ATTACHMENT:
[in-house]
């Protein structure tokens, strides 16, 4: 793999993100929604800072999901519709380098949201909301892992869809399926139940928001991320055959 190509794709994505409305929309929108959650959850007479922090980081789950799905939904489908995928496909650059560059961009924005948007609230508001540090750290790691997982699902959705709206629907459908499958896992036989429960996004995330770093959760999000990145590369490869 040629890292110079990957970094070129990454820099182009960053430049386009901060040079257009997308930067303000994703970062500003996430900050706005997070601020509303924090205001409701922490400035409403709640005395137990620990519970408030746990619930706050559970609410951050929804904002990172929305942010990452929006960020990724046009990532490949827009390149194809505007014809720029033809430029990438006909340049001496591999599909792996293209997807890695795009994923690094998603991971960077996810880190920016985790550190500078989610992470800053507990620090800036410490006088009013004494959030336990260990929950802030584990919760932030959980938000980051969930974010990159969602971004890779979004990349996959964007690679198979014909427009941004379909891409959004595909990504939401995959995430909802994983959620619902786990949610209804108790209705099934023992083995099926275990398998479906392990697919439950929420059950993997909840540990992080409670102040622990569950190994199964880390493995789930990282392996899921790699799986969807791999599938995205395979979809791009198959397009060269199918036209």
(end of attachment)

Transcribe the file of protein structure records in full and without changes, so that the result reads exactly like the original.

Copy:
[in-house]
């Protein structure tokens, strides 16, 4: 793999993100929604800072999901519709380098949201909301892992869809399926139940928001991320055959 190509794709994505409305929309929108959650959850007479922090980081789950799905939904489908995928496909650059560059961009924005948007609230508001540090750290790691997982699902959705709206629907459908499958896992036989429960996004995330770093959760999000990145590369490869 040629890292110079990957970094070129990454820099182009960053430049386009901060040079257009997308930067303000994703970062500003996430900050706005997070601020509303924090205001409701922490400035409403709640005395137990620990519970408030746990619930706050559970609410951050929804904002990172929305942010990452929006960020990724046009990532490949827009390149194809505007014809720029033809430029990438006909340049001496591999599909792996293209997807890695795009994923690094998603991971960077996810880190920016985790550190500078989610992470800053507990620090800036410490006088009013004494959030336990260990929950802030584990919760932030959980938000980051969930974010990159969602971004890779979004990349996959964007690679198979014909427009941004379909891409959004595909990504939401995959995430909802994983959620619902786990949610209804108790209705099934023992083995099926275990398998479906392990697919439950929420059950993997909840540990992080409670102040622990569950190994199964880390493995789930990282392996899921790699799986969807791999599938995205395979979809791009198959397009060269199918036209």